THE ONSET OF AUTUMN here in Maine ushers in the beginning of urchin diving season. Spiny Sea Urchins (Atlantic Green Urchins) are found along the coast of Maine through the Canadian Maritimes and yield creamy “Uni” – the corral, or roe, of the urchin. Ours come in ocean fresh and are processed right here in Portland, Maine.
Sea urchins are spiny-shelled echinoderms that look like pincushions, and some have dubbed them the “porcupines of the sea.” In fact, the name “urchin” is actually taken from the Olde English meaning of the word: hedgehog. Other names like the Spanish Erizo de mar, simply mean “egg of the sea.”
Urchins are closely related to sand dollars and starfish, and if you flip an urchin over you will see the familiar five-pointed, star-shaped pattern on its belly. Its symmetrical pattern of “teeth” on its underside is called Aristotle’s Lantern. Urchins have no legs, using the spines for locomotion and trapping food. The sea urchin feeds on sea grasses, algae and organic matter.
Urchins, and more specifically urchin roe, called Uni, are highly coveted delicacies in Japan. In the 1980s, this market was exploited by Maine fishermen, triggering a “gold rush” of sorts. Because of this intense yet unmanaged harvesting (41 million pounds were landed in 1993), Maine now has strict restrictions on this fishery, including no night or weekend harvesting, and only urchins between 2 and 3 inches in diameter can be taken out of the water (Pacific urchins by contrast are often 6 inches across). Removed from their shell, the bright yellow-to orange lobes are perfect for traditional sushi or sashimi dishes, or just with a little lemon. Uni is also used sauced over pasta or noodles, pureed with butter to finish seafood sauces, as a decorative garnish, and in hors d’oeuvres, stews and soups, omelettes and souflettes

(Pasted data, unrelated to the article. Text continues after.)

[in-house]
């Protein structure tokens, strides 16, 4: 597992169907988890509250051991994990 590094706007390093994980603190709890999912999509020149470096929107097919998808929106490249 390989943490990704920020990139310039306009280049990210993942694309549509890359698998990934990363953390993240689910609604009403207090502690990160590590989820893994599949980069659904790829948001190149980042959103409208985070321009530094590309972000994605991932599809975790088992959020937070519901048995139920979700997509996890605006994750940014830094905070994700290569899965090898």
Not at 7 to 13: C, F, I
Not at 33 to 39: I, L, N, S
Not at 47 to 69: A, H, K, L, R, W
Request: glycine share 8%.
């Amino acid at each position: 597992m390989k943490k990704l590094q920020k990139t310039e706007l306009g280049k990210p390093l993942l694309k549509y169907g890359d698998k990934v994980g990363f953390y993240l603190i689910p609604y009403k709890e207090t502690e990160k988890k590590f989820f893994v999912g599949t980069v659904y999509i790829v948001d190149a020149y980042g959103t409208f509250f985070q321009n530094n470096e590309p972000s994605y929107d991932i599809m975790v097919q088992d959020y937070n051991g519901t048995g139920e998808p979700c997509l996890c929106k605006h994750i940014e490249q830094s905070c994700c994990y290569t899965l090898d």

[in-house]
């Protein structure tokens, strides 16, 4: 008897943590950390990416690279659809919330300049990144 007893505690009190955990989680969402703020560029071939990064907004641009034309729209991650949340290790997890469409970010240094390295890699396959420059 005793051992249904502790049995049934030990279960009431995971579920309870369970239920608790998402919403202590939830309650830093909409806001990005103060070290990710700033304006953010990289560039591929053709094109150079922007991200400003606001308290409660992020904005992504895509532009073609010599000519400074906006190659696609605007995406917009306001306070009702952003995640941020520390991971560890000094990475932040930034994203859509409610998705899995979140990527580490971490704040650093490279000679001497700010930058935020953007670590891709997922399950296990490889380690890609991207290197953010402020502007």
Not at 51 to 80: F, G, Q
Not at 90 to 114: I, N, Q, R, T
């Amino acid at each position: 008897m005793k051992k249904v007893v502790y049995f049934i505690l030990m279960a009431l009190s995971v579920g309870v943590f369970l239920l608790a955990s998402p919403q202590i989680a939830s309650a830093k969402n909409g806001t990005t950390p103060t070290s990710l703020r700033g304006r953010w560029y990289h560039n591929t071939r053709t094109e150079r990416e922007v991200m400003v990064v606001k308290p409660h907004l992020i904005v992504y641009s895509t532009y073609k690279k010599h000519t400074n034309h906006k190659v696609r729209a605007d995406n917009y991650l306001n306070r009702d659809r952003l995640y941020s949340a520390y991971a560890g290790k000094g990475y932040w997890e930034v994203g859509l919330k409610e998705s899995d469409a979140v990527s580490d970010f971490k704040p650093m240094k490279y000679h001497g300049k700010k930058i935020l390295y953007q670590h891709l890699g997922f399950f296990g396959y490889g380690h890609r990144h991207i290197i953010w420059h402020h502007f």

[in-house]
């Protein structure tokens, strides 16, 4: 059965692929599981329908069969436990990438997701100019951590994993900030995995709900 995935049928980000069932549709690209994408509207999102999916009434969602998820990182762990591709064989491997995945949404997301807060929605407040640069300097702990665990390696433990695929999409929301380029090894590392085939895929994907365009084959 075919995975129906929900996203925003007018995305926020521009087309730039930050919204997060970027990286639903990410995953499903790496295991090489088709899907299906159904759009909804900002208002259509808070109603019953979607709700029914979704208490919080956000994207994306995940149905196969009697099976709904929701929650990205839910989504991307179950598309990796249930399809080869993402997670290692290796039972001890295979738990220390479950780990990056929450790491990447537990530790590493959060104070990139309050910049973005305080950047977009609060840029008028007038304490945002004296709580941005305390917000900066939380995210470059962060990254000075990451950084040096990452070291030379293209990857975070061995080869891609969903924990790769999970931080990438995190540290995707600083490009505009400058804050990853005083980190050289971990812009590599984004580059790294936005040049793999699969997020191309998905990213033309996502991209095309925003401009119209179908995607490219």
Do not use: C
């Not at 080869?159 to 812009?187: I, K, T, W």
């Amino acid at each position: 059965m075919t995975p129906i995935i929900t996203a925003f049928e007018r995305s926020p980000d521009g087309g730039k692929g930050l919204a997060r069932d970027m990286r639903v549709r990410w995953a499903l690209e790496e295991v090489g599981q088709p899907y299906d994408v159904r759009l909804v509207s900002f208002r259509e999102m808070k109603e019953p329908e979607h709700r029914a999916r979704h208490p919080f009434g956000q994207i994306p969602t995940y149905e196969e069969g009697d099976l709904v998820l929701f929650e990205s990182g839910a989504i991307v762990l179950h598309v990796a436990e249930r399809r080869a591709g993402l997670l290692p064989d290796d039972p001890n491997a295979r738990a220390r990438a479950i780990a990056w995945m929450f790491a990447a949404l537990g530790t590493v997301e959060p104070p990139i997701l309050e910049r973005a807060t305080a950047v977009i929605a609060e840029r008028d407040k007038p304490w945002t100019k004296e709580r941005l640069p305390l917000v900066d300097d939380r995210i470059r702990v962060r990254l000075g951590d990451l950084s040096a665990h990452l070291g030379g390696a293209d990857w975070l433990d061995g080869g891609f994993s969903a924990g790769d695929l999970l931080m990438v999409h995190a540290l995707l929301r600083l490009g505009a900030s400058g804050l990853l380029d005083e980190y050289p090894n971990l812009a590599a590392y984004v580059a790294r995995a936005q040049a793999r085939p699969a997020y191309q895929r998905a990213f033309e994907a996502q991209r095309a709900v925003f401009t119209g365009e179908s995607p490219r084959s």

Whole, live Maine sea urchins are available by the pound (approximately 4-6 pieces per pound) with a day’s advance notice. Maine Urchin roe comes in 4-ounce bamboo trays (typically 20-30 pieces of uni per tray).
Catch Region: Gulf of Maine
Seasonality: September – April, Subject To Fishery
Catch Methods: Diver Hand Harvested, Draggers
Yield (Roe): Up to 20% of Whole Urchin Weight
Flavor Profile: Slightly Sweet
Texture Profile: Delicate, Smooth, Buttery
- Pacific Urchin